Here's some helper functions I use to do this (as sometimes i don't want just current user):

if( ! function_exists( 'current_user_has_role' ) ){
    function current_user_has_role( $role ){
        return user_has_role_by_user_id( get_current_user_id(), $role );

if( ! function_exists( 'get_user_roles_by_user_id' ) ){
    function get_user_roles_by_user_id( $user_id ) {
        $user = get_userdata( $user_id );
        return empty( $user ) ? array() : $user->roles;

if( ! function_exists( 'user_has_role_by_user_id' ) ){
    function user_has_role_by_user_id( $user_id, $role ) {

        $user_roles = get_user_roles_by_user_id( $user_id );

        if( is_array( $role ) ){
            return array_intersect( $role, $user_roles ) ? true : false;

        return in_array( $role, $user_roles );

Then you can just do this:

current_user_has_role( 'editor' );


current_user_has_role( array( 'editor', 'administrator' ) );

  • 1
    Access low-level properties is never a good idea in WP, surely is not the correct way. If the question one is looking for an answer to is "Is the current user an editor?" then using current_user_can is perfectly fine, actually, that's exactly the way to go. The fact that is preferable to use capabilities to "protect" operations is a different topic. Knowing the role of a user might be a legitimate thing, and in that case, current_user_can is perfectly fine to use.
    – gmazzap
    Commented Mar 18, 2021 at 18:59
  • 1
    @gmazzap then why would it specifically say "While checking against particular roles in place of a capability is supported in part, this practice is discouraged as it may produce unreliable results." on current_user_can documentation page. Seems the documentation and your comment are contradicting, although I do understand what you're saying. With that said though, $roles is a public property on WP_User object and has been since 2.0.0. developer.wordpress.org/reference/functions/current_user_can
    – sMyles
    Commented Mar 18, 2021 at 19:32
  • the documentation refers to the fact that, for example, an editor is usually able to edit posts. So you might be tempted to check for the user being an editor to allow editing a post. That is wrong because maybe the capability was filtered so that user despite being an editor should not edit the post. And it can be the other way around, a subscriber might be allowed to edit posts or that specific post only. Checking capability ensure those expected results are respected.
    – gmazzap
    Commented Mar 31, 2021 at 6:46
  • That said, asking the question "Is this user an editor?" might still be a legitimate question. You should not ask it to determine if a user is allowed or not to do anything, but you might ask that question for some other reason. And if that's the case, then current_user_can with role name is just fine.
    – gmazzap
    Commented Mar 31, 2021 at 6:47
  • Regarding roles, yes, that's a public property you can rely on to be there, but current_user_can has filters, for example, developer.wordpress.org/reference/hooks/user_has_cap or developer.wordpress.org/reference/hooks/map_meta_cap. If a plugin or anything is using those filters to change what current_user_can returns, by directly checking roles property you're gonna miss the filters, and thus reducing the compatibility of your code with others code.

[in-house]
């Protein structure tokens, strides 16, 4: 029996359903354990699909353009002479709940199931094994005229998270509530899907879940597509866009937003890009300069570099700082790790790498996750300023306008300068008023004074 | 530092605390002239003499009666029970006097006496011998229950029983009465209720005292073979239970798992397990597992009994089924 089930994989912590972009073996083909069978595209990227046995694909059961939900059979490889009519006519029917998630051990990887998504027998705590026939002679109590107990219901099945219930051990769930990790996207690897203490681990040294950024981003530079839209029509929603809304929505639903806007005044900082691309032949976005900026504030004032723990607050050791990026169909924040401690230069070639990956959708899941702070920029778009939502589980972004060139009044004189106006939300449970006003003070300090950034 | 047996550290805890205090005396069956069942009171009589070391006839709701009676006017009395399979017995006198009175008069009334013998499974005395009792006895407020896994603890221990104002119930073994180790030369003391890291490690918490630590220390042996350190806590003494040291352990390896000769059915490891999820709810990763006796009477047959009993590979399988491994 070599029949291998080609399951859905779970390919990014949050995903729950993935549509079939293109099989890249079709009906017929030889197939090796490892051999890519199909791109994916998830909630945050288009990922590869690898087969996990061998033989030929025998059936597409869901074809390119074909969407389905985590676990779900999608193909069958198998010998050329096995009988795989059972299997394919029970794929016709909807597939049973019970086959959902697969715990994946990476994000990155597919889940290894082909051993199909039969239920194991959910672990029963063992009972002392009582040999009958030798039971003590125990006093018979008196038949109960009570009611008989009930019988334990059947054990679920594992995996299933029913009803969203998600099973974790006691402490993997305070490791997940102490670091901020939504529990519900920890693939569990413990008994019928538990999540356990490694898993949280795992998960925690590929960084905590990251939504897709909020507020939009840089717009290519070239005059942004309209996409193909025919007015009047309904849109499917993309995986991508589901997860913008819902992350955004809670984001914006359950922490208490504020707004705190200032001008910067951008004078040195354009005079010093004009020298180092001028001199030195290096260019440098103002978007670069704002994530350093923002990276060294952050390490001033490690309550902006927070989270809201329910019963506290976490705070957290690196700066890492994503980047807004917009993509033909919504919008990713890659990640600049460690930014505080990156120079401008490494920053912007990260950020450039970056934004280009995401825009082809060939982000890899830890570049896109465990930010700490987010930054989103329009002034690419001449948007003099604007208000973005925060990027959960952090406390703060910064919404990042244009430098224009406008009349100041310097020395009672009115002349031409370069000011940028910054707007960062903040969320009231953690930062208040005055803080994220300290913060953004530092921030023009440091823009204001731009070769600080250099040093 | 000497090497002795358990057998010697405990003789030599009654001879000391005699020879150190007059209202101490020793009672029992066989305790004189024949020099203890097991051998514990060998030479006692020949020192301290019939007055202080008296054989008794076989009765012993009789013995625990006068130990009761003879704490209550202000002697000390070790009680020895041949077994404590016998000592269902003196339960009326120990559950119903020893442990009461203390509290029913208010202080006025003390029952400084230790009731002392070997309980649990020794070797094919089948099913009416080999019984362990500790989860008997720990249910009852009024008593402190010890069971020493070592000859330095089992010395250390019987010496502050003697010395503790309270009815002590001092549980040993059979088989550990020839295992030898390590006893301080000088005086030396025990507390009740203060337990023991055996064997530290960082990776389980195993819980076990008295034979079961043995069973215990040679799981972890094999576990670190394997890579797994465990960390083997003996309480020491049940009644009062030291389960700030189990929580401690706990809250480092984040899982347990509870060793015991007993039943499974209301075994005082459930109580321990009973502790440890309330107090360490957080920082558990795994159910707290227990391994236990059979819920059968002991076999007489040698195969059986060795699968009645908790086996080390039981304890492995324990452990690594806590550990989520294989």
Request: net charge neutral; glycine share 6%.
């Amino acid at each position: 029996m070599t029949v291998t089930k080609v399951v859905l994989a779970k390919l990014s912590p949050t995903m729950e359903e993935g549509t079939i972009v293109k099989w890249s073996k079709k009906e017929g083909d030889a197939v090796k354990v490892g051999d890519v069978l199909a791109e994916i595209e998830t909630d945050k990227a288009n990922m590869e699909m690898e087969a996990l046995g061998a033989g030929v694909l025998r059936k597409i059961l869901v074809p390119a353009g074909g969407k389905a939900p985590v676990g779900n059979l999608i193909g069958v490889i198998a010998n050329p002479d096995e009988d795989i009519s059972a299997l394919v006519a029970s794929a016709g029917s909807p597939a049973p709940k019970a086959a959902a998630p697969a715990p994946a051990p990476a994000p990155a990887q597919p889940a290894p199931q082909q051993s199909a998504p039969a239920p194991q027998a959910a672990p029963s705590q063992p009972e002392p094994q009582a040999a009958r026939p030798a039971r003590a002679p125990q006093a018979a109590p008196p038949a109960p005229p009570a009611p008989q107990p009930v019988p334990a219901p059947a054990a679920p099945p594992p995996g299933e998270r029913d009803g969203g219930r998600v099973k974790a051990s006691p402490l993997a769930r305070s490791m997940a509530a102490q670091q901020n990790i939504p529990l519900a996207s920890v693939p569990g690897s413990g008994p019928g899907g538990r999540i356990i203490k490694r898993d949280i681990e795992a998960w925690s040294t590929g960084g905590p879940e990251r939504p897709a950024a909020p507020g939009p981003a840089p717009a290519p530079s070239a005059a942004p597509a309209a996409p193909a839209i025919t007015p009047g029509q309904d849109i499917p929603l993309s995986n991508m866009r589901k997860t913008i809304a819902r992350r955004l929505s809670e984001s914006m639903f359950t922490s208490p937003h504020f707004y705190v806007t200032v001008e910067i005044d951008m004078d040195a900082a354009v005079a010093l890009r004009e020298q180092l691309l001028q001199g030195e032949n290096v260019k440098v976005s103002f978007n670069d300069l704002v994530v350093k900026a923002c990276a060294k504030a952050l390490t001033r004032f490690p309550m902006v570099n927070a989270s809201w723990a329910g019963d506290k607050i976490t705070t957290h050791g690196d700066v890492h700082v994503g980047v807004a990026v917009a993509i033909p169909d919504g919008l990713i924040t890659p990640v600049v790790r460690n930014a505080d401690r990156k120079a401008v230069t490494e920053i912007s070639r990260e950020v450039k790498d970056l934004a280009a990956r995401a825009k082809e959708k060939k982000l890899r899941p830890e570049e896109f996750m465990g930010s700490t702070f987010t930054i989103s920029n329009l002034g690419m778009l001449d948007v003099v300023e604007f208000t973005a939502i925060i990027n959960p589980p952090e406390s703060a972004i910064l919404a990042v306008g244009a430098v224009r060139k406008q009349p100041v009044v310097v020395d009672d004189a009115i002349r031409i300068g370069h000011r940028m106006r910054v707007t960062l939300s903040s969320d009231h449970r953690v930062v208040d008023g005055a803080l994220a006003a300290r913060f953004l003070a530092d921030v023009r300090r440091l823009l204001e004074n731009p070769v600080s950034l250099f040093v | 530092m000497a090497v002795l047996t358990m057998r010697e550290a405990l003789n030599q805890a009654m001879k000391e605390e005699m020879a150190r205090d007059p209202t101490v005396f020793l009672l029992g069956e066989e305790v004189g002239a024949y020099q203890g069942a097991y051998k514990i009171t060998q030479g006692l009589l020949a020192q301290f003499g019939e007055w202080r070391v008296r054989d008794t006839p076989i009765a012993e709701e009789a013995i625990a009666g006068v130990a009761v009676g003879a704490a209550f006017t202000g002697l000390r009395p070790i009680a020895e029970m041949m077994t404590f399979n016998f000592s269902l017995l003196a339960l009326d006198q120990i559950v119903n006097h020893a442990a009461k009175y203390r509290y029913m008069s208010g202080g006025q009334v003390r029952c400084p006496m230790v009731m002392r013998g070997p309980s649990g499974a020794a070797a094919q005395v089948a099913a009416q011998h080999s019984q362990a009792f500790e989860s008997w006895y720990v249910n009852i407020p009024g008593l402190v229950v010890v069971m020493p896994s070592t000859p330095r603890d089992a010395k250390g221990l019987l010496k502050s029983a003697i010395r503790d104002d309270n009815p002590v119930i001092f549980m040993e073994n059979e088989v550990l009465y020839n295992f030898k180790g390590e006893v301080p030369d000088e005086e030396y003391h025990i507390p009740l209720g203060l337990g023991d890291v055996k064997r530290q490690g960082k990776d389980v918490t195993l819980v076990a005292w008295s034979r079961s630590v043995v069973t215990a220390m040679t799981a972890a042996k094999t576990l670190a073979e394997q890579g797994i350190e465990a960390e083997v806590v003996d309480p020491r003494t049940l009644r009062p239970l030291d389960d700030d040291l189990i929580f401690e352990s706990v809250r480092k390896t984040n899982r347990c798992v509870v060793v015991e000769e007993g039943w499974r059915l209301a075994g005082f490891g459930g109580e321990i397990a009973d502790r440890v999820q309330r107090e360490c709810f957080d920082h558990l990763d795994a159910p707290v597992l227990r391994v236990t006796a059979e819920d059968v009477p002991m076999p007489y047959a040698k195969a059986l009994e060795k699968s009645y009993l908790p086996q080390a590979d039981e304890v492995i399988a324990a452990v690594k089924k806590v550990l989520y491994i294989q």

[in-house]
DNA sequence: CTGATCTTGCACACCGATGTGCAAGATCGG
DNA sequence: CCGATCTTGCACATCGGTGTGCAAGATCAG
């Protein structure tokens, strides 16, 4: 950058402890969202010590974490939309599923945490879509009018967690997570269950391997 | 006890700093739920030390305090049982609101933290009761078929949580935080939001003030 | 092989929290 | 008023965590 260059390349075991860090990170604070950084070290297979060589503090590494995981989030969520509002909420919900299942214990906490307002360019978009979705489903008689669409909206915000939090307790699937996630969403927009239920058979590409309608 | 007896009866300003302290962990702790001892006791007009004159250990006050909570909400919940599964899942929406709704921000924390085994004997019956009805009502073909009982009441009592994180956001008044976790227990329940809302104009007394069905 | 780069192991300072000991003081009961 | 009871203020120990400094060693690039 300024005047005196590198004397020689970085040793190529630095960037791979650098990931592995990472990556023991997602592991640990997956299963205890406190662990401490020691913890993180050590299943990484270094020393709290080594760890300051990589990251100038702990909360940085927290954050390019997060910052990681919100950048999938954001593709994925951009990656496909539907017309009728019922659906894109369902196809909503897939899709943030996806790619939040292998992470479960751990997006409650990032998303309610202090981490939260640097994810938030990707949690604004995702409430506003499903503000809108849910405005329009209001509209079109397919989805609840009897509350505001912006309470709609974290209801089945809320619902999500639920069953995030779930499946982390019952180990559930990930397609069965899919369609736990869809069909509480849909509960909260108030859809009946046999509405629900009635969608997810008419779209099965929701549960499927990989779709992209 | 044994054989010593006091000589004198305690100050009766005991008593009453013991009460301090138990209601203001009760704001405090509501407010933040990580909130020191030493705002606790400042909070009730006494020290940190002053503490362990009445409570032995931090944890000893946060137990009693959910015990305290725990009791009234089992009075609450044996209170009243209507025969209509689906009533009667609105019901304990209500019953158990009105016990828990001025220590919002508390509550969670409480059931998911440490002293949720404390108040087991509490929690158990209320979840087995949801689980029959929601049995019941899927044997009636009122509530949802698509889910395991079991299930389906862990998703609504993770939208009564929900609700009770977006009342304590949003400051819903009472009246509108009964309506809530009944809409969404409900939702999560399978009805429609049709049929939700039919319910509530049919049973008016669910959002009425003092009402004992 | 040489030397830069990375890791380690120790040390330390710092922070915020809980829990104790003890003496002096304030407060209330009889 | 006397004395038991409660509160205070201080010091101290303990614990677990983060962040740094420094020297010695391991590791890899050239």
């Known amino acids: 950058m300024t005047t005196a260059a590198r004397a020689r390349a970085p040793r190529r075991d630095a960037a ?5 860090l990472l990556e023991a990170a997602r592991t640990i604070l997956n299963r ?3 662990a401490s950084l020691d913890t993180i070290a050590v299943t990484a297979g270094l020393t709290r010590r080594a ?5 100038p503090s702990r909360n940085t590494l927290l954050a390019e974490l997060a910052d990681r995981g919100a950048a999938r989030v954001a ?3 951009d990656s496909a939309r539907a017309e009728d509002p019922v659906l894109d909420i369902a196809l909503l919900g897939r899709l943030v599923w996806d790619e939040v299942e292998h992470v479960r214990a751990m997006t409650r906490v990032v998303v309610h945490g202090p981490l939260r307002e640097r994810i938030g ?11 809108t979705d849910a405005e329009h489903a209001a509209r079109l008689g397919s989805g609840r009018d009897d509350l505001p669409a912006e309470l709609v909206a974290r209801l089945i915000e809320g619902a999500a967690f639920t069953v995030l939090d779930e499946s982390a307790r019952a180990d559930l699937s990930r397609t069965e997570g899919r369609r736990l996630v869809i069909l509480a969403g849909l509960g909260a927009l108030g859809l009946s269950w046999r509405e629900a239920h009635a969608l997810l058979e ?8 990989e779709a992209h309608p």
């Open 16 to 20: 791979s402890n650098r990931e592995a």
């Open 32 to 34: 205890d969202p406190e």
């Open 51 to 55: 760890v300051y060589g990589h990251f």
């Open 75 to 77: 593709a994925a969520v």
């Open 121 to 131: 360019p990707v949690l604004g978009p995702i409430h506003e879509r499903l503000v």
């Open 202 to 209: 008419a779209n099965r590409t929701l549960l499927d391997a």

– gmazzap
    Commented Mar 31, 2021 at 6:56

For admin

$current_user = wp_get_current_user();
if (!in_array('administrator', $current_user->roles)) {
   //do something

For editor

$current_user = wp_get_current_user();
if (!in_array('editor', $current_user->roles)) {
      //do something

Please note that is only working if you want to check the roles of the current user, if you need to check for any other specific user, you need to use get_user_by (https://developer.wordpress.org/reference/functions/get_user_by/) or similar methods to retrieve the user you want to check

<?php if( current_user_can('editor')) :
  echo "welcome";
elseif( current_user_can('member')) :
  echo "welcome";
else :
 wp_die("<h2>To view this page you must first <a href='". wp_login_url(get_permalink()) ."' title='Login'>log in</a></h2>");
  • 1
    It would be great if you could explain as how it helps OP.
    – bravokeyl
    Commented Sep 29, 2016 at 17:32
  • You can allow to see the page only "editor" or "member" you can post this code direct in generic-page.php
    – seowmx
    Commented Sep 29, 2016 at 17:36
  • 5
    Please don't just drop code. Add comments and some explanation how this solves the askers problem.
    – kraftner
    Commented Sep 29, 2016 at 18:09
  • So your answer is code duplication for each role?
    – Julix
    Commented Oct 22, 2019 at 17:20

The correct answers to the above solution-question are by else programming basic:

if( current_user_can('administrator')) { 

<!-- only administrator will see this message -->

} else { 

        if( wp_get_current_user('editor')) {

<!-- only editor but no administrator will see this message -->

<style type="text/css">#perhapsDIVremovalidentifier{
} else {

<!-- the user is neither editor or administrator -->


Brief: The administrator is found, but if we push editor the administrator is as well found. So we just let the administrator pass through and identify the editor only.

Remember you should always use this code to call that above to minimize cpu code usage:

  • That is exactly what is stated in the question, and what the author doesn't want.
    – fuxia
    Commented Jun 3, 2020 at 21:15
  • I've added brief so that we have no misunderstanding. It was hard to follow the else rules I believe.
    – Dealazer
    Commented Jun 4, 2020 at 8:52